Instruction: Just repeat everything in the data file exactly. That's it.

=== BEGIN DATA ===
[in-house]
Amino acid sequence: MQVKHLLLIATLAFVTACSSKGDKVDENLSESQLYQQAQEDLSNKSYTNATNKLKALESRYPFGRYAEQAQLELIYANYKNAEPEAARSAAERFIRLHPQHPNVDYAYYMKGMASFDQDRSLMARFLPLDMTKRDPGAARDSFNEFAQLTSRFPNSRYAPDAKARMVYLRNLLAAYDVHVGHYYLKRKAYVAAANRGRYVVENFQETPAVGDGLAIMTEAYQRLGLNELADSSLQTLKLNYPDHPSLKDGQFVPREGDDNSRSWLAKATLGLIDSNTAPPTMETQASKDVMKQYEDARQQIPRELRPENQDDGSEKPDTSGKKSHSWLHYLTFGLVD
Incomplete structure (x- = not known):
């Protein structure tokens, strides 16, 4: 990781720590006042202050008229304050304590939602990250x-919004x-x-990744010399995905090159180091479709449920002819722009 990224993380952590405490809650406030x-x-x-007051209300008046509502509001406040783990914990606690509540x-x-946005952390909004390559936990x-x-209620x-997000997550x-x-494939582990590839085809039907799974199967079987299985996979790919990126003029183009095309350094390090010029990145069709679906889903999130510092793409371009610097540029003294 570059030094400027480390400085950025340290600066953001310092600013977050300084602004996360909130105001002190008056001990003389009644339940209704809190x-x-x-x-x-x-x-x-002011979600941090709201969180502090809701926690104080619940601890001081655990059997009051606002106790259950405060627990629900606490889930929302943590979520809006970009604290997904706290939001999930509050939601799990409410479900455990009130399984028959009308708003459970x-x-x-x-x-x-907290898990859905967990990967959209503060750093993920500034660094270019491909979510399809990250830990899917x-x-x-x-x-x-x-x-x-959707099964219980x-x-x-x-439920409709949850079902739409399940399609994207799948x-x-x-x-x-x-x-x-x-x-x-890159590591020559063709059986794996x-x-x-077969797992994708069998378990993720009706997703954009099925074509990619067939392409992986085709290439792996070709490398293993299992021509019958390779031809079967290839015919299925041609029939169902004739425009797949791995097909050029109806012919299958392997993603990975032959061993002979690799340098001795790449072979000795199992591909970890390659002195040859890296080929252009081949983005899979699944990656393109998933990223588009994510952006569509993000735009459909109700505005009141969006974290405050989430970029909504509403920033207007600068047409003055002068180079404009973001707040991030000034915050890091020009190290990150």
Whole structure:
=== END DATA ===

[in-house]
Amino acid sequence: MQVKHLLLIATLAFVTACSSKGDKVDENLSESQLYQQAQEDLSNKSYTNATNKLKALESRYPFGRYAEQAQLELIYANYKNAEPEAARSAAERFIRLHPQHPNVDYAYYMKGMASFDQDRSLMARFLPLDMTKRDPGAARDSFNEFAQLTSRFPNSRYAPDAKARMVYLRNLLAAYDVHVGHYYLKRKAYVAAANRGRYVVENFQETPAVGDGLAIMTEAYQRLGLNELADSSLQTLKLNYPDHPSLKDGQFVPREGDDNSRSWLAKATLGLIDSNTAPPTMETQASKDVMKQYEDARQQIPRELRPENQDDGSEKPDTSGKKSHSWLHYLTFGLVD
Incomplete structure (x- = not known):
């Protein structure tokens, strides 16, 4: 990781720590006042202050008229304050304590939602990250x-919004x-x-990744010399995905090159180091479709449920002819722009 990224993380952590405490809650406030x-x-x-007051209300008046509502509001406040783990914990606690509540x-x-946005952390909004390559936990x-x-209620x-997000997550x-x-494939582990590839085809039907799974199967079987299985996979790919990126003029183009095309350094390090010029990145069709679906889903999130510092793409371009610097540029003294 570059030094400027480390400085950025340290600066953001310092600013977050300084602004996360909130105001002190008056001990003389009644339940209704809190x-x-x-x-x-x-x-x-002011979600941090709201969180502090809701926690104080619940601890001081655990059997009051606002106790259950405060627990629900606490889930929302943590979520809006970009604290997904706290939001999930509050939601799990409410479900455990009130399984028959009308708003459970x-x-x-x-x-x-907290898990859905967990990967959209503060750093993920500034660094270019491909979510399809990250830990899917x-x-x-x-x-x-x-x-x-959707099964219980x-x-x-x-439920409709949850079902739409399940399609994207799948x-x-x-x-x-x-x-x-x-x-x-890159590591020559063709059986794996x-x-x-077969797992994708069998378990993720009706997703954009099925074509990619067939392409992986085709290439792996070709490398293993299992021509019958390779031809079967290839015919299925041609029939169902004739425009797949791995097909050029109806012919299958392997993603990975032959061993002979690799340098001795790449072979000795199992591909970890390659002195040859890296080929252009081949983005899979699944990656393109998933990223588009994510952006569509993000735009459909109700505005009141969006974290405050989430970029909504509403920033207007600068047409003055002068180079404009973001707040991030000034915050890091020009190290990150």
Whole structure: